For those of you familiar with London's underground railway system, you will recall the stern voice that booms out "mind the gap!" as the incoming train grinds to a halt. The warning is clear: don't fall down the space between the platform and the train as you step into the carriage. Remarkably, accidents where travellers do topple into the gap are more common than you would think.
For the mischievous among us, it could be a good time to suggest beginning any meeting in this business where the discussion turns to money matters with a "mind the gap" announcement. The gap in question is that between the money needed to finance the 1,000 or so aircraft planned for delivery in 2009 and the money that will be available.
The total airlines and others will need to find to pay for these aircraft is a cool $65 billion. In normal times this is a not a problem. In fact credit-worthy airlines have found themselves inundated with financing offers in the past few years. Now the sources of money have evaporated faster than a downpour in the Australian outback.
Take the banks. Before the credit crash there were around 20-30 banks active in air finance. Of these, 40% have left the market, such as Germany's WestLB and Dutch bank ING, 20-30% of them are closed for new airliner financing and only 30% are still active, says Christian McCormick, managing director of French bank Natixis Transport Finance. His bank stopped booking new aircraft finance business towards the end of this year but is looking to resume in 2009. Today it is believed only three, maximum four, banks anywhere are booking new aircraft finance business.
McCormick describes the new financing world, where money has got more expensive and supply has dwindled, as "recalibrating the industry". But does this recalibration actually mean some will simply not be able to find the money to pay for their new aircraft? Nobody knows yet of course, but there are plenty of doomsayers who say yes.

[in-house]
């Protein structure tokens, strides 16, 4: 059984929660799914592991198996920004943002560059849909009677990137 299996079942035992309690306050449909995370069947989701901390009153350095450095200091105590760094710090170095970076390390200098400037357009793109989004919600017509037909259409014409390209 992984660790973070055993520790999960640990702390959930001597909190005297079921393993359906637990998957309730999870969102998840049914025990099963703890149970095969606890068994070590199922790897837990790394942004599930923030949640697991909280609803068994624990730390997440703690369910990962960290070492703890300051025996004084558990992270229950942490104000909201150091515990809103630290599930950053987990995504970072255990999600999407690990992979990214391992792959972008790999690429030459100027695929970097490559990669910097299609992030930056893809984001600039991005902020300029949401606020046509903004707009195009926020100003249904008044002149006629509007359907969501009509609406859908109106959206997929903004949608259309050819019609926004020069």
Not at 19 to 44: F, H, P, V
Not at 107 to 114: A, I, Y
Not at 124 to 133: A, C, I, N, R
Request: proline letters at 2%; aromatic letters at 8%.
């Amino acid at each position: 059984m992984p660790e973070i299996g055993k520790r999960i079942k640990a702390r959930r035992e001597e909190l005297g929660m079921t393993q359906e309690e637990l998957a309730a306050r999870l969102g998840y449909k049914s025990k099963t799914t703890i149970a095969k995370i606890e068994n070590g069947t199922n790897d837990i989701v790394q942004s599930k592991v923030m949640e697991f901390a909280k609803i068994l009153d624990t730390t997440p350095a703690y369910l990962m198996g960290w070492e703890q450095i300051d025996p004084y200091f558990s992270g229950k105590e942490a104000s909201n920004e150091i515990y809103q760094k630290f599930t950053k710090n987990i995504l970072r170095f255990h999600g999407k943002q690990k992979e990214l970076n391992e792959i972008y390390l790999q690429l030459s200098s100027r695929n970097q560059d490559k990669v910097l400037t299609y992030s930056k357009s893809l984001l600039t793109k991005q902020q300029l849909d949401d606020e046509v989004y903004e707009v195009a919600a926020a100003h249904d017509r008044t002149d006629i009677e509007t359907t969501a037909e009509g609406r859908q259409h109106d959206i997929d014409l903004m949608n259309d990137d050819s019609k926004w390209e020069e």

The gap is large. McCormick puts it at $10 billion to $20 billion. ILFC founder Steven Udvar-Hazy reckons it is about $15 billion. "This is still 300 aircraft. More than a third of [next year's] production is vulnerable to non-delivery," he says.
Who might fill the cash gap? Chinese banks are a possible source, but are expected to need it for their home carriers. Other sources, such as the Middle East, sovereign wealth funds and regional banks, say in Russia, are thought unlikely to plug much, if any, of the hole.
It will, as always, be those with weak balance sheets and poor strategies that will be scrambling for the scarce funds. "The bottom 10-15% of the market is going to suffer," says Udvar-Hazy, who also believes there will be fewer lessors around too.
Cracks are already appearing. Several new Airbuses, including two A320s in Kingfisher Airlines colours, have been parked at the manufacturer's Toulouse factory in recent weeks. Either the airlines cannot finance them, or don't want to because they don't need them.
The white knight galloping to the rescue is surely the manufacturers themselves. Understandably both are playing this down. They have substantially reduced their financing in the good times, but are preparing to cough up again. Both have already outlined plans for $1-2 billion each in 2009. A more realistic sum could see Airbus and Boeing having to put up some $4 billion each. Couple this with a production rate cut, as advocated by Udvar-Hazy and Jeffrey Knittel, president of lessor CIT Aerospace, and the funding gap narrows considerably.
The solution for many carriers will be the sensible one: don't even try to bridge the gap. Already there are those saying "we can't afford it and we're not going to buy it" and deferring deliveries and cancelling orders. As Pedro Heilbron, the chief executive of Panama's Copa Airlines and outgoing president of the Latin Airline Association, said at the recent Latin Airline Leaders' Forum: "Right now it is the time to lay low and let the bullets fly by."